Perceptions of Poverty in Geek Culture: A Weasley Case Study

weasley family egyptPop culture has a weird relationship with poverty. You’d think that geek culture would be pretty good at portraying poverty; we’re seeing more and more strides towards inclusivity and greater representation of all people from all backgrounds. Yet socio-economic issues are heavily charged with politics, and our political beliefs shape the way we perceive reality. They shape the kinds of pop culture media we create, and as David Wong’s recent Cracked article explains, popular culture doesn’t seem to believe that actual, real-world poverty really exists, just a sort of nebulous feeling of being poor while occupying the middle class, and actual financial consequences of a character’s actions aren’t ever really addressed. Most of the time, shows don’t even acknowledge any of the consequences of property damage, let alone address the financial ones. We’re happy when the superhero defeats the monster, but who’s going to pick up the tab now that the city looks like it’s been bombed?

This real lack of proper representation of what it means to live in poverty in our media is at least partially responsible for many political biases against the poor, especially among young people. To put it generally, the influence of pop culture makes younger people more likely to embrace the idea that the poor just need to work harder in order to be not poor, because being not poor is the ultimate goal.

Now, there are a lot of tangled, complex issues when it comes to poverty and its portrayal in geek culture. I’ve been thinking about this topic a lot recently, all because of a specific example I came across and previously wrote about. So to show you what I’m talking about, I’m going to show you how that example both supports and fights negative perceptions of poverty in geek culture. Who am I talking about? The Weasley family from the Harry Potter series.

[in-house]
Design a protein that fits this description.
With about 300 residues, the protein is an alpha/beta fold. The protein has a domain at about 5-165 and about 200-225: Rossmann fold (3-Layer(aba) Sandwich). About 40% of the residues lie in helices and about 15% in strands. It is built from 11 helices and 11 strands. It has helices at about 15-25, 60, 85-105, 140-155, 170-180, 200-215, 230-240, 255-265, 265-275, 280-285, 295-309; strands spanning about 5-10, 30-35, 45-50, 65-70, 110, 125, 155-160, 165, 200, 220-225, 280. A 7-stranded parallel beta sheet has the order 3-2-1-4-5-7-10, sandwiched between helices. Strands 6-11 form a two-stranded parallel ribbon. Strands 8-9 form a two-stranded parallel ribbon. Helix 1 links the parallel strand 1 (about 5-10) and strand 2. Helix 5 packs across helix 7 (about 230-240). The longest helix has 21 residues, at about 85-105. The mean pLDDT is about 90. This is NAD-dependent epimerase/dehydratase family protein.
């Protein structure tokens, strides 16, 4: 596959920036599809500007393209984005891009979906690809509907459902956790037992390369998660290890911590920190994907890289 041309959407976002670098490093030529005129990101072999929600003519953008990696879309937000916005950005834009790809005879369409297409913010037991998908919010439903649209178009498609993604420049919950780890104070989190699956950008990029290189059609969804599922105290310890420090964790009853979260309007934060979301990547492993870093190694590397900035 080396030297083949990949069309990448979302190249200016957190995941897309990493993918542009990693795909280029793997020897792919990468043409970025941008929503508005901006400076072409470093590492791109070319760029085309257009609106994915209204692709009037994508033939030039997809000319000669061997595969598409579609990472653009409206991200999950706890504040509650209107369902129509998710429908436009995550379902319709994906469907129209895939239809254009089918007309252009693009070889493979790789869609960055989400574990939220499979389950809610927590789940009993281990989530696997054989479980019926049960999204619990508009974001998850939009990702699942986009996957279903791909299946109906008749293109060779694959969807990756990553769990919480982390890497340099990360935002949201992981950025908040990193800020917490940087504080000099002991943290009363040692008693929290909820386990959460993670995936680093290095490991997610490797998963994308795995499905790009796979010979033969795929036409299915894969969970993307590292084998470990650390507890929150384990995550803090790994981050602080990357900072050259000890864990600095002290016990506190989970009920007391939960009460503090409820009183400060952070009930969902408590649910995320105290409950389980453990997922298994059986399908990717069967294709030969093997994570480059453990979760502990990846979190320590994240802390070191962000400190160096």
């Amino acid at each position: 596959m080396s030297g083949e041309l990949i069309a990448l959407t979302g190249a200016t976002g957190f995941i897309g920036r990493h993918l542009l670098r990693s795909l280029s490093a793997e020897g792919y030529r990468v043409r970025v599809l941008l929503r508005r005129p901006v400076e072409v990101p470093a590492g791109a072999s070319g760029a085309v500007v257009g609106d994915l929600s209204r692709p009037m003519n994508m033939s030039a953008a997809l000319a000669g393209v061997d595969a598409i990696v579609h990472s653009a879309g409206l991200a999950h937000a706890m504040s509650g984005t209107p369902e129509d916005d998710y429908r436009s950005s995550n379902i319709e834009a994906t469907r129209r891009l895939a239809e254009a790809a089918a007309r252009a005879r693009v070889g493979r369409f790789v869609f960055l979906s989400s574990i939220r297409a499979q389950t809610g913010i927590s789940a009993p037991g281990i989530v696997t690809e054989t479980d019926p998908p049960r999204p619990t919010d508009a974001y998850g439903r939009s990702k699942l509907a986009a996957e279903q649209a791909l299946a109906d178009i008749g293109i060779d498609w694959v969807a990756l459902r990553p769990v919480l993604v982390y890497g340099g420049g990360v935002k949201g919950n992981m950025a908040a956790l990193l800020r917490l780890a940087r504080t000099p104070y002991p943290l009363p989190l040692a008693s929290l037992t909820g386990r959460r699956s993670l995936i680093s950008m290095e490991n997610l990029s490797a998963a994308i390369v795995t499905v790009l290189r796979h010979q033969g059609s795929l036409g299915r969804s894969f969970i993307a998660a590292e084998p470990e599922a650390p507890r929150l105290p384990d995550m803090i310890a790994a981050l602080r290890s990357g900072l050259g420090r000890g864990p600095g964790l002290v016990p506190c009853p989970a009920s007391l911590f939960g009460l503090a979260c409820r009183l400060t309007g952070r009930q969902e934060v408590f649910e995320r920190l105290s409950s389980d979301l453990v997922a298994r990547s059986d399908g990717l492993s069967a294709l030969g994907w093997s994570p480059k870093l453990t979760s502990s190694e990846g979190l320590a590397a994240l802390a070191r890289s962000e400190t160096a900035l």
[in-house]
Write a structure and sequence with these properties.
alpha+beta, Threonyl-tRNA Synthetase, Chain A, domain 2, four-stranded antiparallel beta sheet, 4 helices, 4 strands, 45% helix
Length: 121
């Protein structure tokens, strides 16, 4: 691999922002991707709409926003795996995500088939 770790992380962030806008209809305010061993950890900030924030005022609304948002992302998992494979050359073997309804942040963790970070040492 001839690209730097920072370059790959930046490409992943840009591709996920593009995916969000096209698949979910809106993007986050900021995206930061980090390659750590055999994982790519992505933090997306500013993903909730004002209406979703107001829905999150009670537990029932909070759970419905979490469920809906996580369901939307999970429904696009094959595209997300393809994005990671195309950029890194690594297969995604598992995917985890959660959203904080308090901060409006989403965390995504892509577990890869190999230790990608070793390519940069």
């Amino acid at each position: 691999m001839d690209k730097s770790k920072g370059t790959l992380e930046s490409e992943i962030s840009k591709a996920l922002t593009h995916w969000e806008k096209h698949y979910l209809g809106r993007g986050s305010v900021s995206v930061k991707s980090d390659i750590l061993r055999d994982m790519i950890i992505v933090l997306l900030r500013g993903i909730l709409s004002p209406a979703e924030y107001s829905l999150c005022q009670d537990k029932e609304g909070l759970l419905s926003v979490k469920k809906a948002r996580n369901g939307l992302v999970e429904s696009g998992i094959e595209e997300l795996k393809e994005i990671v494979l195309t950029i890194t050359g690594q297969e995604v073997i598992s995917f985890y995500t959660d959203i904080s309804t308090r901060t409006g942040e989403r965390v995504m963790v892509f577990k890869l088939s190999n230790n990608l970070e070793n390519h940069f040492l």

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Batman Fights Criminals, Not Crime

Quick: who are Batman’s enemies?

I’m certain that many of you reading this can rattle off a long number of names from his rogues gallery. I’m sure that this list includes the Joker, Two Face, Clayface, Bane, Poison Ivy, and Harley Quinn. I’m not the world’s biggest Batfan and so my Batcollection of Batcomics is fair to middling at best, but I can safely tell you who Batman is fighting: criminals.

Right? Of course Batman is fighting criminals, super and non-super, from Calendar Man (yes) to Darkseid. My goal here is not to state the obvious but rather what is ignored: Batman does not fight crime. He does things like fight a whole cities’ worth of gangs, but he doesn’t fight the root causes of crime. Batman is obviously not a sworn enemy of income inequality; he does not put on a cape and go toe-to-toe with the misallocation of resources, the troubling legacy of international colonialism, or the profit-driven culture which encourages the building of sweatshops or the abuse of labor rights.

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